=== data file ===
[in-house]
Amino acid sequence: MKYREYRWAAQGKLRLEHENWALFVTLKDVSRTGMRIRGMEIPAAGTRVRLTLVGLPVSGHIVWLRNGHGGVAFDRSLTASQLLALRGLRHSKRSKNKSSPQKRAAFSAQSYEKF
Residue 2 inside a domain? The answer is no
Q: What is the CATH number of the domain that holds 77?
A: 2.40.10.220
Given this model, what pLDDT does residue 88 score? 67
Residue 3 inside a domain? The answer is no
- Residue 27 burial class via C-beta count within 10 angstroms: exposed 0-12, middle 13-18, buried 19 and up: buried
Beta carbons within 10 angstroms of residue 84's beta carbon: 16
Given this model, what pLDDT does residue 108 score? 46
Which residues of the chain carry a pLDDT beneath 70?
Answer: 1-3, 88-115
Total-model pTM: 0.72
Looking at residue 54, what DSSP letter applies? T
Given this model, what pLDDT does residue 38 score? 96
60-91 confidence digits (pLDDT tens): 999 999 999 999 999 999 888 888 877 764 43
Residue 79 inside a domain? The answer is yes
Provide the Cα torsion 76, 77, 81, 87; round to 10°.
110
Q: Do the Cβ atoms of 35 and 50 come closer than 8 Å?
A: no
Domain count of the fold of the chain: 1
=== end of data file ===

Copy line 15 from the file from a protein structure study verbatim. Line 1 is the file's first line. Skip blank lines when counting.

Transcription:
Given this model, what pLDDT does residue 38 score? 96